Parents must respect their adult children and their spouses, regardless of whether they like them or not, even if you have differing expectations about family roles. You do not get to choose who your children love. Respecting your son/daughter-in-law does not mean condoning or agreeing. Whether you want to admit it or not, you are not nor can you ever be the most important person in your adult child's life at all times. He cares about other people just as much as he cares about you. The sooner you understand that, the better off you'll be.
2. The Parent Refuses to Apologize
Refusing to apologize often goes hand-in-hand with disrespecting the in-laws but sadly, it's a top excuse even standing alone.
I've learned the refusal to apologize is a red flag for narcissistic personality disorder. While few are actual narcissists, having just this trait alone is indicative of an extremely unhealthy mind. It allows one to justify their actions and words and blurs their reality. Time and again, their children will try to make them understand a different perspective but over and over they fail. Many times these children are gaslighted into believing they are at fault and apologize to mend the family.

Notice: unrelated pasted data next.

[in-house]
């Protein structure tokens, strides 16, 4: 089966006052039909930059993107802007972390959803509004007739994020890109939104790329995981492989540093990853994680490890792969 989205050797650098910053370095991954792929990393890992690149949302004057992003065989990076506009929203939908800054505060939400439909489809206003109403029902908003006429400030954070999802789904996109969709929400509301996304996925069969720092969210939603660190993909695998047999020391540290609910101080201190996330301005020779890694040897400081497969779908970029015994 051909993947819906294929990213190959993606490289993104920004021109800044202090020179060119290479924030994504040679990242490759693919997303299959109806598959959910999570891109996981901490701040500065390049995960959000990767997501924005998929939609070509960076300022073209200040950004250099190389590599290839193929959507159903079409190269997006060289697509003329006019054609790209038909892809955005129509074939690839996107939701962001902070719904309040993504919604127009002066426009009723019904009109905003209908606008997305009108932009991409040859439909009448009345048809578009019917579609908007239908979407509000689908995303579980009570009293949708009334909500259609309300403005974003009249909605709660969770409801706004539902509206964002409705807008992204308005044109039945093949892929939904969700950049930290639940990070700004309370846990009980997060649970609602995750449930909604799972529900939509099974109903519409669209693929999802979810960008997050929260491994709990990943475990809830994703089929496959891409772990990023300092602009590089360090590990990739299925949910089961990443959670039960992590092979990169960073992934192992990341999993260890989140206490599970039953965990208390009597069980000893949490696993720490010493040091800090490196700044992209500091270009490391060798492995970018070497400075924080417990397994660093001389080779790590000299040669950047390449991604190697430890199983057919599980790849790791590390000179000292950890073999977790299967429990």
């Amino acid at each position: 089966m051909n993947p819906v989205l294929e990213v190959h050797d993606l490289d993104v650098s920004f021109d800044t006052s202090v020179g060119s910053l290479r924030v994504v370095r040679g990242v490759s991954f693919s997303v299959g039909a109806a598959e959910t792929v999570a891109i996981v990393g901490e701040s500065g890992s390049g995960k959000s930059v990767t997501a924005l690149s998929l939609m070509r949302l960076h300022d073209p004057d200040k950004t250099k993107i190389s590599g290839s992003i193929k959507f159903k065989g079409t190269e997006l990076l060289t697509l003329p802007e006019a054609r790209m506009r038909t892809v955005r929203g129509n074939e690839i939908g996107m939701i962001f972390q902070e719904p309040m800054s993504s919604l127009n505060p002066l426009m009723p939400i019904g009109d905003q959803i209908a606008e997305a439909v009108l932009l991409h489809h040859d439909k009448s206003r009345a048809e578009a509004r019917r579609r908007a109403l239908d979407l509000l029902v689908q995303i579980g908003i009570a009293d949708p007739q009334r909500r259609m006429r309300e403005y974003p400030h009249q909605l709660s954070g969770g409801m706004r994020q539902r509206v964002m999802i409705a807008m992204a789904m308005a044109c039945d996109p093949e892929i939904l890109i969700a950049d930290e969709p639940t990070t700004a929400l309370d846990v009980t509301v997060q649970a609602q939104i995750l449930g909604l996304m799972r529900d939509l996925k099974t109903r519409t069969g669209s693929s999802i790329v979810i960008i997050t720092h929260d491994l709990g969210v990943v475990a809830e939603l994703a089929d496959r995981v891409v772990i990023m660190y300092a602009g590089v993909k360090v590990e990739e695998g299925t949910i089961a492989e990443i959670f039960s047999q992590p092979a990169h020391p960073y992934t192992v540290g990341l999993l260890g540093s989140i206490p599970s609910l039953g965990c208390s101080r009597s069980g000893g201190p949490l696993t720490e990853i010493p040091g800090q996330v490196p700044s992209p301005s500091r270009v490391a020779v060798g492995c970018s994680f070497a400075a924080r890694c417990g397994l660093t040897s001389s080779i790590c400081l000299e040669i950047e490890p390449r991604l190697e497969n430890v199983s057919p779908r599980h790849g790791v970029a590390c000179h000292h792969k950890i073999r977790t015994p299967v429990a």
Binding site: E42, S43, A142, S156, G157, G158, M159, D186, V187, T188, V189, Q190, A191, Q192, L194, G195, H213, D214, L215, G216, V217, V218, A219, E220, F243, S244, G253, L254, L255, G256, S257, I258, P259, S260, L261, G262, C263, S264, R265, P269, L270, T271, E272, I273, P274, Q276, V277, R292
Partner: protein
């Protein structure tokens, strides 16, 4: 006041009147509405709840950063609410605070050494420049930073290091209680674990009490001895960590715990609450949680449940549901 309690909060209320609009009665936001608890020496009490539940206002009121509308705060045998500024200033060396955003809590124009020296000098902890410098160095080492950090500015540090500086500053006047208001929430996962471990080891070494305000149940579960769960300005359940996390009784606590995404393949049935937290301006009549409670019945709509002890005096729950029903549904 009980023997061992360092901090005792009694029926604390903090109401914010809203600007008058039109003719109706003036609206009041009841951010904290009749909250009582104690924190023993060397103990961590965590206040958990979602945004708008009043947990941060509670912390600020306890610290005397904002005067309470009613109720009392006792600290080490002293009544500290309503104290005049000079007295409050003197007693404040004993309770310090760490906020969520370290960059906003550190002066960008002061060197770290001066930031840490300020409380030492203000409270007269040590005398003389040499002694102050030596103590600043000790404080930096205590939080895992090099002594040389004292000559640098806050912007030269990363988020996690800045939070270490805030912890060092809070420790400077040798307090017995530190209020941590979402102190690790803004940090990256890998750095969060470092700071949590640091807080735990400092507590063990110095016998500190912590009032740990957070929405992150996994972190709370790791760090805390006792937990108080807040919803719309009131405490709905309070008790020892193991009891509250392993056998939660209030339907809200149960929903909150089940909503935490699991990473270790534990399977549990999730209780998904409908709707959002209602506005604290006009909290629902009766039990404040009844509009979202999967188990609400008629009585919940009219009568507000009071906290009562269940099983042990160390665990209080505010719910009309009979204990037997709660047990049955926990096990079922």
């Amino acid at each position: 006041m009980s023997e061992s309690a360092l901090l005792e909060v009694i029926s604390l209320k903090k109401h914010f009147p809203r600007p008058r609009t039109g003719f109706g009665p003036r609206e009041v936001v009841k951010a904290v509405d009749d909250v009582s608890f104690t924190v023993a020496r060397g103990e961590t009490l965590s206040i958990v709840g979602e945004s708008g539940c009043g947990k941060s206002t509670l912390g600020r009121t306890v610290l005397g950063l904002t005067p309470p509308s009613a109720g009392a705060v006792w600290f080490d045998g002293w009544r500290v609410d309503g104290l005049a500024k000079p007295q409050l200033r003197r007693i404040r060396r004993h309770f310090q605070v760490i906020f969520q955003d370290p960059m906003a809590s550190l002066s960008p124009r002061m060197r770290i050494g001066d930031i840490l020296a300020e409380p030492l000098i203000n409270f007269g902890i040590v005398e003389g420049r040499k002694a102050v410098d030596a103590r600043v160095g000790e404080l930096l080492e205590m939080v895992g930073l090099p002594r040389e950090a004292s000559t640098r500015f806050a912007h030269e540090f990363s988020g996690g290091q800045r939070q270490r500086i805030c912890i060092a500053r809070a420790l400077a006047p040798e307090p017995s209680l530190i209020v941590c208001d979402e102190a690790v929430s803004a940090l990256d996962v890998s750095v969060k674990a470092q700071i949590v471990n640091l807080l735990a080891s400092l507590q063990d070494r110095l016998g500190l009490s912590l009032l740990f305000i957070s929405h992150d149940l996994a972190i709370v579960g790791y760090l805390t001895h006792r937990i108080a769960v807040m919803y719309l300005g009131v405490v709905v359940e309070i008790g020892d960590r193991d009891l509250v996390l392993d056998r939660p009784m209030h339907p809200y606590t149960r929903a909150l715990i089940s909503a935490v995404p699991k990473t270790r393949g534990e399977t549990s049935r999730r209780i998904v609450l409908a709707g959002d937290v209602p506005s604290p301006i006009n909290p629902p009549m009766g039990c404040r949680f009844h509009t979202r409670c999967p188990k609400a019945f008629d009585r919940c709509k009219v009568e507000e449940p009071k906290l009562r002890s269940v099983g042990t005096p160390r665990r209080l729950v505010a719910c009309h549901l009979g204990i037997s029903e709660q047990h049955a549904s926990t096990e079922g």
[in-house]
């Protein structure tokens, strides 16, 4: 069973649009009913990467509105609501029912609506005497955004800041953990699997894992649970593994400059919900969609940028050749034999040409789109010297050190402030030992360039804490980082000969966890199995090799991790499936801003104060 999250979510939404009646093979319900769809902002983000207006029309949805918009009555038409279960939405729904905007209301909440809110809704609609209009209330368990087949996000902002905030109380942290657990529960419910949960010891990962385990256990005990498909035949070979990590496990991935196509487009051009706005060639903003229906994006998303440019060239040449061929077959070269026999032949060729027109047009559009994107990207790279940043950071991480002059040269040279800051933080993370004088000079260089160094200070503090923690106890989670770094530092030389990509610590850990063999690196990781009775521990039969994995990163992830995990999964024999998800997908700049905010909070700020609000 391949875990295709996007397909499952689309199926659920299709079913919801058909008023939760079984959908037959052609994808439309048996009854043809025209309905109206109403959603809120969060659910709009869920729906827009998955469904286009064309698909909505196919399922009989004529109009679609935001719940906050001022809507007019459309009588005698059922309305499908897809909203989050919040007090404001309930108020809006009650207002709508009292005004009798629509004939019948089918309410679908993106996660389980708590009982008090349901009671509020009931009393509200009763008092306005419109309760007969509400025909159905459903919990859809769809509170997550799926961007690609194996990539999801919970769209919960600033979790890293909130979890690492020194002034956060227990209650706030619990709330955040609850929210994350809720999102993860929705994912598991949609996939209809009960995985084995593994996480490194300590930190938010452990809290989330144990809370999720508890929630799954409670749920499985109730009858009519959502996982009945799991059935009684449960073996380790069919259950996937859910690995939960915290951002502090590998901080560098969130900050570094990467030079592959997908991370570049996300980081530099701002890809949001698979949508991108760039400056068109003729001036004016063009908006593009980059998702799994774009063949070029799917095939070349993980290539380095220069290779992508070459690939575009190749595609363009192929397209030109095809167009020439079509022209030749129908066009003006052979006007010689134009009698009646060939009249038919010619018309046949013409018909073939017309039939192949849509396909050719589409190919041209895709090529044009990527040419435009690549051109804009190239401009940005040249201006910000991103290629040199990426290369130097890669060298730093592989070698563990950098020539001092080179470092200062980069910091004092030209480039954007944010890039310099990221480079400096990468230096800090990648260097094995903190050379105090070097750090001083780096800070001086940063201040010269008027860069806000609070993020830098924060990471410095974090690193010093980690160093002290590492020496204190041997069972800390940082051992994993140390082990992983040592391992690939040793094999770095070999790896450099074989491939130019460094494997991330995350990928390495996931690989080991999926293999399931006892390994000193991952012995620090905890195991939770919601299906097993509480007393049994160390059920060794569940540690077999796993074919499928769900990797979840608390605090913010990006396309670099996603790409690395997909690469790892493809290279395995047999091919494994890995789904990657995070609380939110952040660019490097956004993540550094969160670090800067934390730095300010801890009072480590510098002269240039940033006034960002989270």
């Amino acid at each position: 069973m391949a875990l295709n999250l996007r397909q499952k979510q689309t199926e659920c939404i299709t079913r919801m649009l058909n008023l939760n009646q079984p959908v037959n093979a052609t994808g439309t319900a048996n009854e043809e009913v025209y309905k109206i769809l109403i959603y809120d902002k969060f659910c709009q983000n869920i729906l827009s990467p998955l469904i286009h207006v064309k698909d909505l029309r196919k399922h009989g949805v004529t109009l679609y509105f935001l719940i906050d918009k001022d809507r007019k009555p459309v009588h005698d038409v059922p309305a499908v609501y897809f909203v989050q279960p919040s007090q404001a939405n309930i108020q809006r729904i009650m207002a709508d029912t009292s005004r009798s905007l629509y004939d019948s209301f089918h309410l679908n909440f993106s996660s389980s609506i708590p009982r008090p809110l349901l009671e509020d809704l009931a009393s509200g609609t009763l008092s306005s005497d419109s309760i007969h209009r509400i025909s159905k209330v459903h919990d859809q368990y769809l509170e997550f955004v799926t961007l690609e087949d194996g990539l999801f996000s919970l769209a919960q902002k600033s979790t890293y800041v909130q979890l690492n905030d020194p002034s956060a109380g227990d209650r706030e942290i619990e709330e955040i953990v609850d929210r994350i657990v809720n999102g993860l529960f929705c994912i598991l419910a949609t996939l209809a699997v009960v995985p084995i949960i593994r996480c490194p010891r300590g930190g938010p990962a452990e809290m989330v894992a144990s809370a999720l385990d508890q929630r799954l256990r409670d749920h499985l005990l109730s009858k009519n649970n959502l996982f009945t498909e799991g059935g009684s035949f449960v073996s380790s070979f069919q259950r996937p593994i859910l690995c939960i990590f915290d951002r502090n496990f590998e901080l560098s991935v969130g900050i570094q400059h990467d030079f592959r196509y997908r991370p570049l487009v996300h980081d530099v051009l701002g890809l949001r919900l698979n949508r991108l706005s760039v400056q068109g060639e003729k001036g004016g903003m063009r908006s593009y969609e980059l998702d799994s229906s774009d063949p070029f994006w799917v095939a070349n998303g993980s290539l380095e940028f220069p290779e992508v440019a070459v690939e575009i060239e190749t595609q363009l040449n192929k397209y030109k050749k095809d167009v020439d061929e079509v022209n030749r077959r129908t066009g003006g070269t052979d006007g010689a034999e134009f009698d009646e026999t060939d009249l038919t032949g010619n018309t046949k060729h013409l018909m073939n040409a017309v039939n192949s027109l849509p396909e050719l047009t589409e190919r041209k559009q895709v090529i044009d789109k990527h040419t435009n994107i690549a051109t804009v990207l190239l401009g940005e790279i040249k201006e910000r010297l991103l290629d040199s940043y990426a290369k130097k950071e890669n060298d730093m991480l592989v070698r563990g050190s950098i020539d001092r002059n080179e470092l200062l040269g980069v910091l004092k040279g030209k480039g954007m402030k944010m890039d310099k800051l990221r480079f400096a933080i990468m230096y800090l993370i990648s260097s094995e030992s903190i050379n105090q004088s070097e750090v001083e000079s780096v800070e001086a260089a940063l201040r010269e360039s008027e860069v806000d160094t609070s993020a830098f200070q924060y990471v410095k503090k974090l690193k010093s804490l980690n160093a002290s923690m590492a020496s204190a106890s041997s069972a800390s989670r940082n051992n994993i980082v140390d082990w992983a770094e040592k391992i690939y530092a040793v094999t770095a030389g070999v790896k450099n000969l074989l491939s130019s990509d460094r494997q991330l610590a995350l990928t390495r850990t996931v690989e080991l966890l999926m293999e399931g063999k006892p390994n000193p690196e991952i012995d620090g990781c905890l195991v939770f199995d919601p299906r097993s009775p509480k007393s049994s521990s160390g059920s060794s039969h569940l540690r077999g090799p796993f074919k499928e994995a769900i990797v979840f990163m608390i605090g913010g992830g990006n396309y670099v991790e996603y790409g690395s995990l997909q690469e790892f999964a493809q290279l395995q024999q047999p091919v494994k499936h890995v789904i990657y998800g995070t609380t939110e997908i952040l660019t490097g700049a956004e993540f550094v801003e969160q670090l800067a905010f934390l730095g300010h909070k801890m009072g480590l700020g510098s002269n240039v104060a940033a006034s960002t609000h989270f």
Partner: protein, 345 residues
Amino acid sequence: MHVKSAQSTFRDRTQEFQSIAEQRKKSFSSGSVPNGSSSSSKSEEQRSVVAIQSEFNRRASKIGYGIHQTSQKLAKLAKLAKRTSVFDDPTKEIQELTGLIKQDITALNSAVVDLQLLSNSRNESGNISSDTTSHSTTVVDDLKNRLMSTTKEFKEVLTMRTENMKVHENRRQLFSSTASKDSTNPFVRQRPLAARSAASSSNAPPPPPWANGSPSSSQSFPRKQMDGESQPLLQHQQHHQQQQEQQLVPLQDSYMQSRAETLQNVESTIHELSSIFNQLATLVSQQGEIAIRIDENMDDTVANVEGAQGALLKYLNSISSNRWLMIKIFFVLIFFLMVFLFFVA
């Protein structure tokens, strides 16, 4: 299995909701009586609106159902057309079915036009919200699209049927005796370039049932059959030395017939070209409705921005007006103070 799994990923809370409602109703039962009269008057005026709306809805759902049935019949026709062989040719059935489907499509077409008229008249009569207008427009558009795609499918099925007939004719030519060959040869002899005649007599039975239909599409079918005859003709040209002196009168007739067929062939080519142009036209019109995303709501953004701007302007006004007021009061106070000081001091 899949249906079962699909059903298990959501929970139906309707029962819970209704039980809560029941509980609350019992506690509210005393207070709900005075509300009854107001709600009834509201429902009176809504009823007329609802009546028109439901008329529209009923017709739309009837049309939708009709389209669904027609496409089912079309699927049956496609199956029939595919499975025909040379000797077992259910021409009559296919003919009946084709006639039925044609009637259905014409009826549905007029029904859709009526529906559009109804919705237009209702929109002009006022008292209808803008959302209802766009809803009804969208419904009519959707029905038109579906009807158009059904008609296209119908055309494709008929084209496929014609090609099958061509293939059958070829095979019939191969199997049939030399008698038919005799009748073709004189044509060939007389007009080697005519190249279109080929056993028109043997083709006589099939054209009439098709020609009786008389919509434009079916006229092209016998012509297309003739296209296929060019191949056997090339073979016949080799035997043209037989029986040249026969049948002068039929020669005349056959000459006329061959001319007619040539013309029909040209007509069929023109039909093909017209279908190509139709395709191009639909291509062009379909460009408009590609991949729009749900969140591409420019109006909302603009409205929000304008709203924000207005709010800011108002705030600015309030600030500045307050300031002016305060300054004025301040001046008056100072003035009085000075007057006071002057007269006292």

To paraphrase the late Albert Einstein, the definition of insanity is doing the same thing over and over again and expecting different results. Too many adult children realize this applies to the relationship they have with their parents and realize they have to get off the hamster wheel. They've been running on it for years and yet they're still at the exact spot they were as a child.